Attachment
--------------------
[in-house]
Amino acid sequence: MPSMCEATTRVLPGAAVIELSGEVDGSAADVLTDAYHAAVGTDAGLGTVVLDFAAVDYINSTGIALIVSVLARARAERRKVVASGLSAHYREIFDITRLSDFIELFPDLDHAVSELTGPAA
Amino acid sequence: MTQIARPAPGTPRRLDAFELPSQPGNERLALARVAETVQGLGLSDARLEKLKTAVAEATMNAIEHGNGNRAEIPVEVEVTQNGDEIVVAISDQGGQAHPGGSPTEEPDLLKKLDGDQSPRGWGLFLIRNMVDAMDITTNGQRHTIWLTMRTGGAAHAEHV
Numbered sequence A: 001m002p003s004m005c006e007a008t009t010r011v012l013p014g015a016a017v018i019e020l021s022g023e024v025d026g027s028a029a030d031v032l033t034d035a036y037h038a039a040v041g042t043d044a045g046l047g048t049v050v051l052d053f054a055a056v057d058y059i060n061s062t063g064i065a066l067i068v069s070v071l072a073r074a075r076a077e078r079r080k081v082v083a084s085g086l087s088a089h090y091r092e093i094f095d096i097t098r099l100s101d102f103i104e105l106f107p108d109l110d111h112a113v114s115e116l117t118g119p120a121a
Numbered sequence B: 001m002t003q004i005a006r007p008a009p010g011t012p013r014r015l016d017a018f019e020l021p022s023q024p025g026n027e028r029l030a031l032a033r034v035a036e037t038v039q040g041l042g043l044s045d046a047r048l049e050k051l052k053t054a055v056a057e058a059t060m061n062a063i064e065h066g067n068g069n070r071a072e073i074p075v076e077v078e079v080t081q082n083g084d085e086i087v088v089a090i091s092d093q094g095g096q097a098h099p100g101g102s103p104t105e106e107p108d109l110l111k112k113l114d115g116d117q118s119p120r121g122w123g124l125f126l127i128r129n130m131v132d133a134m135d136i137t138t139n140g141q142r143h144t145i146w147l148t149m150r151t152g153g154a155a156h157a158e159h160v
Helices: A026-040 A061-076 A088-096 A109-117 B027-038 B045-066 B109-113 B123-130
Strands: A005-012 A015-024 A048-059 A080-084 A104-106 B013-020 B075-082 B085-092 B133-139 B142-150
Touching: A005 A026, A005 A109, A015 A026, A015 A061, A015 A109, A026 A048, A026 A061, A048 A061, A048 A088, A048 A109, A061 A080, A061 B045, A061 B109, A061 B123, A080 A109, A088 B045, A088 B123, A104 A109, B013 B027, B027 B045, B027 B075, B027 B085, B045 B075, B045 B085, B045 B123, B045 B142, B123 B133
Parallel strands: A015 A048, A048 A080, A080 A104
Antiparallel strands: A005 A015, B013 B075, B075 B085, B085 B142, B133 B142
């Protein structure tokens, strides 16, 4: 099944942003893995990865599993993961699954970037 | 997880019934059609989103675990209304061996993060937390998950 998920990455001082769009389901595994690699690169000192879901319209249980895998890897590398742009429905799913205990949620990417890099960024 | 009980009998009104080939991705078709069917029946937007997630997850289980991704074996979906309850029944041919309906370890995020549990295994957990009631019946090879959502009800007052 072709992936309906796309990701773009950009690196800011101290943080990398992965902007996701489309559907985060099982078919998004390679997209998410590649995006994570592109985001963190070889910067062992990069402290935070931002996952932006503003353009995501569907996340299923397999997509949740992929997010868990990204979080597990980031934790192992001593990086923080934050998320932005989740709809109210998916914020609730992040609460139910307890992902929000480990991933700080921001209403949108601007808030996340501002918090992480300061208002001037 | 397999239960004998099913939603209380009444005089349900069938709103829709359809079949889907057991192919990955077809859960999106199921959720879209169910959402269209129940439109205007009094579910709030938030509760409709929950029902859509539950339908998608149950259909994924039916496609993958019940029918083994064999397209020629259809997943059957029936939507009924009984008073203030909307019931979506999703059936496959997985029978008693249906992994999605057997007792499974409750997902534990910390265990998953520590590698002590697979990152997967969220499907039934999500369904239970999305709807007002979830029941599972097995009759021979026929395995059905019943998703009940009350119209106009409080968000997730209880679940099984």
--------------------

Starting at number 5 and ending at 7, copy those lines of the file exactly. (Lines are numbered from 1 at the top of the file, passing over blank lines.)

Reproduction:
Numbered sequence B: 001m002t003q004i005a006r007p008a009p010g011t012p013r014r015l016d017a018f019e020l021p022s023q024p025g026n027e028r029l030a031l032a033r034v035a036e037t038v039q040g041l042g043l044s045d046a047r048l049e050k051l052k053t054a055v056a057e058a059t060m061n062a063i064e065h066g067n068g069n070r071a072e073i074p075v076e077v078e079v080t081q082n083g084d085e086i087v088v089a090i091s092d093q094g095g096q097a098h099p100g101g102s103p104t105e106e107p108d109l110l111k112k113l114d115g116d117q118s119p120r121g122w123g124l125f126l127i128r129n130m131v132d133a134m135d136i137t138t139n140g141q142r143h144t145i146w147l148t149m150r151t152g153g154a155a156h157a158e159h160v
Helices: A026-040 A061-076 A088-096 A109-117 B027-038 B045-066 B109-113 B123-130
Strands: A005-012 A015-024 A048-059 A080-084 A104-106 B013-020 B075-082 B085-092 B133-139 B142-150